At least 155 people have been killed in landslides and other accidents caused by Typhoon Mangkhut and monsoon rains in the Philippines, officials said Sunday.
More than 70 people were still missing in the accidents, according to police and local disaster relief officials.
At least 45 of the dead were from the village of Tinaan in Naga City in Cebu province, 573 kilometres south of Manila, where a landslide buried nearly 60 houses on Thursday.
Thirty-four were still believed to be missing and rescuers were digging through the thick mud for the fourth straight day, said Baltz Tribunalo, head of the provincial disaster risk reduction office.
"We're hopeful that there are survivors this is why we're not stopping. We have so many spotters now in the area and some residents are also here to guide and help," he said.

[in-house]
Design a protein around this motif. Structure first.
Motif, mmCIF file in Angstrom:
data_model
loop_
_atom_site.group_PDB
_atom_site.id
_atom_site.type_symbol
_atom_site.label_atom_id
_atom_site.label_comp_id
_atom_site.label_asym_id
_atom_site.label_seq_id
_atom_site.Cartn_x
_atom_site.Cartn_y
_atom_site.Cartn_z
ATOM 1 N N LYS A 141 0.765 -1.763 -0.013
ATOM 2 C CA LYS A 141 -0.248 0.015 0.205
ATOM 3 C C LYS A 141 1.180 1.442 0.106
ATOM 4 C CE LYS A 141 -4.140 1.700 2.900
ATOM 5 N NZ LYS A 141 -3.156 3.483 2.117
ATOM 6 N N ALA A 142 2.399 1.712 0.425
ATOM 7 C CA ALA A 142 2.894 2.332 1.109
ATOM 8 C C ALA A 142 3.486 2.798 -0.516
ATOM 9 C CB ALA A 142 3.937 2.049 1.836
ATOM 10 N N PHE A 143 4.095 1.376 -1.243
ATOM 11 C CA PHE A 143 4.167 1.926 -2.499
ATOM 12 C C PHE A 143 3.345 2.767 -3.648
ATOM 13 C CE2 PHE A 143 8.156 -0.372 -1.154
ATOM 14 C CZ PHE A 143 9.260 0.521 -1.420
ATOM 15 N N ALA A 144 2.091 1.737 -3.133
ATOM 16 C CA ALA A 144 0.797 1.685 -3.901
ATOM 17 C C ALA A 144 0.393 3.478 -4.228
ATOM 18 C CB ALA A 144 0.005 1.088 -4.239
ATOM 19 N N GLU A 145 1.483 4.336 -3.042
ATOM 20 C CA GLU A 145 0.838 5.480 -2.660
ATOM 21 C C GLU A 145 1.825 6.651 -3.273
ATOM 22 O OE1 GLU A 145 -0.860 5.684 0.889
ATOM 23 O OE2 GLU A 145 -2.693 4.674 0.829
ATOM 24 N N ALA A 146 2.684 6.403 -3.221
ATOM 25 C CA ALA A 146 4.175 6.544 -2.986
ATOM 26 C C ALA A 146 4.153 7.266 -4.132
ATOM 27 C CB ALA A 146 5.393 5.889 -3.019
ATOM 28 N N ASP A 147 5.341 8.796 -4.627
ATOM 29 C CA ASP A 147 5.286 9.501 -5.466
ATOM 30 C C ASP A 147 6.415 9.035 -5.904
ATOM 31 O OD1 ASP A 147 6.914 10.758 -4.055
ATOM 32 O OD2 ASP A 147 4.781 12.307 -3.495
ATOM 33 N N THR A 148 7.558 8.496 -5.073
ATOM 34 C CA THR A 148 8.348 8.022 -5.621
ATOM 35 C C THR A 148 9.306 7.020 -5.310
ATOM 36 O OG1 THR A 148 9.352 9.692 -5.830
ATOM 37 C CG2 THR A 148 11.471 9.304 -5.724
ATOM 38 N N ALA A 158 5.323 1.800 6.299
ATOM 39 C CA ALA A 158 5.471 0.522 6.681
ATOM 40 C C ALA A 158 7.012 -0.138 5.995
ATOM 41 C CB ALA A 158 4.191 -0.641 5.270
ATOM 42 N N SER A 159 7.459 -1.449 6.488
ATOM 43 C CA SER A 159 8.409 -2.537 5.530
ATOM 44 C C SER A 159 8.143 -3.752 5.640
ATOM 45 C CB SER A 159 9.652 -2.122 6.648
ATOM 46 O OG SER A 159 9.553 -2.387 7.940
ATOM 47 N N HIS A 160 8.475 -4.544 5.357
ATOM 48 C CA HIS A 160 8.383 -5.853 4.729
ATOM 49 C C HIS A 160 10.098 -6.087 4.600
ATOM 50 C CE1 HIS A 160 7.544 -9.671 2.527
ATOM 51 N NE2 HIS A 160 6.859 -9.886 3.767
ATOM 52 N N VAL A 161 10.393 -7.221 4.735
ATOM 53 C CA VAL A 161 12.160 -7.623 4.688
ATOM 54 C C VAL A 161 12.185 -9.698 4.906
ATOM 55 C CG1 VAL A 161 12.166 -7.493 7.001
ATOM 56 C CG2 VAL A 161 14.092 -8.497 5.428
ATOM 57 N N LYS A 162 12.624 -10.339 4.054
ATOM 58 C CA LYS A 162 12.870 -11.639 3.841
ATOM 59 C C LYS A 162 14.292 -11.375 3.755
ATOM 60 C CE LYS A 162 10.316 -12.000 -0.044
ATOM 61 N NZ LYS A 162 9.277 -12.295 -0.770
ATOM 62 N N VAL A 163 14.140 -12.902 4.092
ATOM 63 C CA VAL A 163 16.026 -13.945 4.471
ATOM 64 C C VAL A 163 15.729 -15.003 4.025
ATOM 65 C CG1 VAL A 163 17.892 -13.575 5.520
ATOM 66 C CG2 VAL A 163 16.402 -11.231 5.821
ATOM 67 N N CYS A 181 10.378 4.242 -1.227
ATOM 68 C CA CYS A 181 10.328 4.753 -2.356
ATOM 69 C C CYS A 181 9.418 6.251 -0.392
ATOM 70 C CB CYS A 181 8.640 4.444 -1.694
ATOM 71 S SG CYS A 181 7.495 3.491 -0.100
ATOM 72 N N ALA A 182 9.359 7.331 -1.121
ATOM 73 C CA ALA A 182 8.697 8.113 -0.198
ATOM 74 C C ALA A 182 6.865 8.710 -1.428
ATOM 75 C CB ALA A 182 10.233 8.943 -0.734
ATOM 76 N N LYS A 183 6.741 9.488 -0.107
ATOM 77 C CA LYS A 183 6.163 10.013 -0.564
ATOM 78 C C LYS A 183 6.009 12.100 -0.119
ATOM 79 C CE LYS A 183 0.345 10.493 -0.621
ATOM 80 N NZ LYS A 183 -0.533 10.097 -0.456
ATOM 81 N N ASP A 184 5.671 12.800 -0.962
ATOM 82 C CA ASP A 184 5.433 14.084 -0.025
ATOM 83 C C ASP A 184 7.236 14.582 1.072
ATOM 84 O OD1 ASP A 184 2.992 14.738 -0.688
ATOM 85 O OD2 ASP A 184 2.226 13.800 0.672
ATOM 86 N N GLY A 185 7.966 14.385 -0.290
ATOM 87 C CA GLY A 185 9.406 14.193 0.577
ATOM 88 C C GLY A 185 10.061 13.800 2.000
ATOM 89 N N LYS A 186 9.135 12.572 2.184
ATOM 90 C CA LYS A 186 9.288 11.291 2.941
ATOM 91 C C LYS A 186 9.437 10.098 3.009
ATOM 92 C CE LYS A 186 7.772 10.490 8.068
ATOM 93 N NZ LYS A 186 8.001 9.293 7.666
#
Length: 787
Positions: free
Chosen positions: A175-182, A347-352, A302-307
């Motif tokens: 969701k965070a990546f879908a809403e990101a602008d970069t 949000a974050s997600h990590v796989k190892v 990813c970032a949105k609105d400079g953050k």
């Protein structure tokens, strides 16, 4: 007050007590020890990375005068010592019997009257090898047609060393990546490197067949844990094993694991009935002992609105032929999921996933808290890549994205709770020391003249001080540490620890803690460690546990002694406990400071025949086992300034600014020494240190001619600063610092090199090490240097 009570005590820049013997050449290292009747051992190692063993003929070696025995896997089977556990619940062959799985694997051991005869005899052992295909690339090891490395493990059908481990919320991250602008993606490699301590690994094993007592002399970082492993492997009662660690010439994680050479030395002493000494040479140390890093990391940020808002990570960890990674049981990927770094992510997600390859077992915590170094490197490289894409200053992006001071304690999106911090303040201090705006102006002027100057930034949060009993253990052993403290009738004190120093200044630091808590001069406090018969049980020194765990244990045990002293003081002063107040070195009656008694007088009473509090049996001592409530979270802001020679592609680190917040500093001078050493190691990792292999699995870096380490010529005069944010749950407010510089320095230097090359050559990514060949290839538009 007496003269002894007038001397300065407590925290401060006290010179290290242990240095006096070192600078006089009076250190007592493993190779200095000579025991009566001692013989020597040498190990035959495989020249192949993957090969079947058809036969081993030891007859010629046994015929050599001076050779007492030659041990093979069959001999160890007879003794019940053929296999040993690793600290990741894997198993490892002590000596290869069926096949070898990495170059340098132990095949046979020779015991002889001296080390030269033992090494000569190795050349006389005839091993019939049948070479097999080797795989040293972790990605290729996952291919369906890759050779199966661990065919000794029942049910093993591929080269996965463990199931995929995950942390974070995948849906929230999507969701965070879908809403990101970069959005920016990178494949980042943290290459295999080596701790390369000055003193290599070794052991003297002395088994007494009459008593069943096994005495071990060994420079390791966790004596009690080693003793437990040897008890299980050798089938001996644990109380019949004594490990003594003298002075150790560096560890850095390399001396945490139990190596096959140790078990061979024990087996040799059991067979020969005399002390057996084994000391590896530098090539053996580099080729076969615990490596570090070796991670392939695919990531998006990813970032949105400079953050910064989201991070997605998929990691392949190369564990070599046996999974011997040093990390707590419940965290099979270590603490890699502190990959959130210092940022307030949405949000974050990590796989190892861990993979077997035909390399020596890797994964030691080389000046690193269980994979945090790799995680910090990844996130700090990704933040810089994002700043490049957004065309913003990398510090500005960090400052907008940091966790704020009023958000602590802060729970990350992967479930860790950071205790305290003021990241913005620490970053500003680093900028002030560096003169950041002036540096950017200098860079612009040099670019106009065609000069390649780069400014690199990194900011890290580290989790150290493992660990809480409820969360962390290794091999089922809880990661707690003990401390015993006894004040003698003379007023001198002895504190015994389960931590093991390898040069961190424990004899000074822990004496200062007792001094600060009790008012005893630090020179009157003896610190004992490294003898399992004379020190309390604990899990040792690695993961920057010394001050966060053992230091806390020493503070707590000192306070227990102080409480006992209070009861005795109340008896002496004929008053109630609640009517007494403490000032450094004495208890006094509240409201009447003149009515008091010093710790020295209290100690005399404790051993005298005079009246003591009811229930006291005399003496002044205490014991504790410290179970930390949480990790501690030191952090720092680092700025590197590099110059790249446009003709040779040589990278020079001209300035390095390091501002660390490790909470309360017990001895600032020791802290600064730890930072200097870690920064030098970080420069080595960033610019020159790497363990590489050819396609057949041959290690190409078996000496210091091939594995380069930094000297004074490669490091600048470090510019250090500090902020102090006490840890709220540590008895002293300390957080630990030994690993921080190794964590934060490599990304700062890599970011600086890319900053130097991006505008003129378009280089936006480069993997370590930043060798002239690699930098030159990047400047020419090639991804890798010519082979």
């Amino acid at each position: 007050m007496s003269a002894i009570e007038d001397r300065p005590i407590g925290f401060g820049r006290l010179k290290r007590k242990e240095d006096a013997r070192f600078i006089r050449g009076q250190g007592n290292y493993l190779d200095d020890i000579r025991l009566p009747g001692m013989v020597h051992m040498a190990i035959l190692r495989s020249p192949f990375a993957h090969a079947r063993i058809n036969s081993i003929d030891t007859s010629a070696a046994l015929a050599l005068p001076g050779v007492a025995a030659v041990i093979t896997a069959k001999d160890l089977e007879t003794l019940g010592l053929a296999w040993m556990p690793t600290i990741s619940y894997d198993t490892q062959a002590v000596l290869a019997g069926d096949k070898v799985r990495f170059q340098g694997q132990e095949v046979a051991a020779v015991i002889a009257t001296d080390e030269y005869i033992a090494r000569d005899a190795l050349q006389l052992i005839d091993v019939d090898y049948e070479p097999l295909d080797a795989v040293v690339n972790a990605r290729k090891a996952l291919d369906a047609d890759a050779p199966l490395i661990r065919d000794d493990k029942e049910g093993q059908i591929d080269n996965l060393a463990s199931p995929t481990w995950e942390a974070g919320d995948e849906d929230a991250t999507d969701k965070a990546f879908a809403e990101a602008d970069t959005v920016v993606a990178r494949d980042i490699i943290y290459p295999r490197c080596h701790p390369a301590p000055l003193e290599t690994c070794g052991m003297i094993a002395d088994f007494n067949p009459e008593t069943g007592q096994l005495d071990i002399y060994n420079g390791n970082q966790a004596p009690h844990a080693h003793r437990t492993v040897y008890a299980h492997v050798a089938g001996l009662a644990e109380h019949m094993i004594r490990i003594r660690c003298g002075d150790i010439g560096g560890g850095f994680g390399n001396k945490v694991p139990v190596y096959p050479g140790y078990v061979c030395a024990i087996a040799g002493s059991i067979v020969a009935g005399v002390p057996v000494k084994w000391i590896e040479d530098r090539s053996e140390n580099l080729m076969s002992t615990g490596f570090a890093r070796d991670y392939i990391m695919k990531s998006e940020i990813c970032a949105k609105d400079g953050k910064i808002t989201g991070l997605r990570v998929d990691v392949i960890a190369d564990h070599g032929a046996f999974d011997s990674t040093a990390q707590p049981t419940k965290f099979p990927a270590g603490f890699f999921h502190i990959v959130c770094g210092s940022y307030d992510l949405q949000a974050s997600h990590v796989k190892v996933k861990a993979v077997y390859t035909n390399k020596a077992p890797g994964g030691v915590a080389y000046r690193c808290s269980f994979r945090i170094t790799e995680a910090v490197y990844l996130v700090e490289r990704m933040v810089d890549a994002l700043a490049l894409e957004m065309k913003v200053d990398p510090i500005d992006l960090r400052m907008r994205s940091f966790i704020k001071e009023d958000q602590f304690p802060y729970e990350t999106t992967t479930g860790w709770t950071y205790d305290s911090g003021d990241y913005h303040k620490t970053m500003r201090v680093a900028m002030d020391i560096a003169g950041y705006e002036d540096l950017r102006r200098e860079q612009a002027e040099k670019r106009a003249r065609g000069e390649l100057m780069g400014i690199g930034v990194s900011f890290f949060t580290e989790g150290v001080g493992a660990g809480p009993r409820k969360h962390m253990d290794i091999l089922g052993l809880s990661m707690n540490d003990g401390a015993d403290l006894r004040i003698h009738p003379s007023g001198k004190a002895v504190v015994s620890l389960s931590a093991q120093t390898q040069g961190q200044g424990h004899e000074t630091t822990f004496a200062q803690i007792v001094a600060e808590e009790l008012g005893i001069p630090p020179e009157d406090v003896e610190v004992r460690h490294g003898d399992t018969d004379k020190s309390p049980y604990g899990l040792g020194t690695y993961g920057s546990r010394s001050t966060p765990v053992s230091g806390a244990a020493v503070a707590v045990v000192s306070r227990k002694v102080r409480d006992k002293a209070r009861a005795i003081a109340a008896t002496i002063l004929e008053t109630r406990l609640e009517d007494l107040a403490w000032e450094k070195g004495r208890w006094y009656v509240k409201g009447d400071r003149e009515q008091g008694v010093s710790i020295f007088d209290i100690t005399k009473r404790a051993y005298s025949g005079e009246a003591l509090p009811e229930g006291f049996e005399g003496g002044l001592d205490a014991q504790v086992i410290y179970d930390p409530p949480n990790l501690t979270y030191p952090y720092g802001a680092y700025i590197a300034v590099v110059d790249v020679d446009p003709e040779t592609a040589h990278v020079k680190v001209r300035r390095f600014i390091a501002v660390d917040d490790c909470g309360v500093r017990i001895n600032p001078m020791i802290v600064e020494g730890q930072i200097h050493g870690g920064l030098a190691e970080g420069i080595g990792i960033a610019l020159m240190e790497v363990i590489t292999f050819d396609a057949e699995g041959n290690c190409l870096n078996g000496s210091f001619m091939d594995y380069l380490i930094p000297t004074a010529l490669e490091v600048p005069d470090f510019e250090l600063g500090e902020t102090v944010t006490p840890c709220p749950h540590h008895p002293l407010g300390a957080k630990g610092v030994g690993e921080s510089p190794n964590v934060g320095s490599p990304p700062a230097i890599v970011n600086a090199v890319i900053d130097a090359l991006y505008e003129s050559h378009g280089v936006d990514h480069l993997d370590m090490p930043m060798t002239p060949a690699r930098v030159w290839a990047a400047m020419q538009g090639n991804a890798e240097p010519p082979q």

Tribunalo said authorities were verifying reports that relatives of the victims were still receiving mobile phone text messages from some of those missing.
In the northern province of Benguet, search operations were also still continuing for at least 39 people missing in landslides, the biggest of which struck the village of Ucab in Itogon town.
Itogon town Mayor Victorio Palangdan said four backhoes were being used to recover the missing, adding that unidentified bodies were being buried in a mass graveyard site.
"If the bodies are not identified, we send them to the forensic team for processing for burial at the temporary burial ground," he said. "We can exhume the bodies later if the bodies are claimed."
The Philippines is hit by an average of 20 cyclones every year, causing floods, landslides and other accidents.
One of the strongest in recent memory, Typhoon Haiyan, hit the country in November 2013, killing more than 6,300 people and displacing more than 4 million.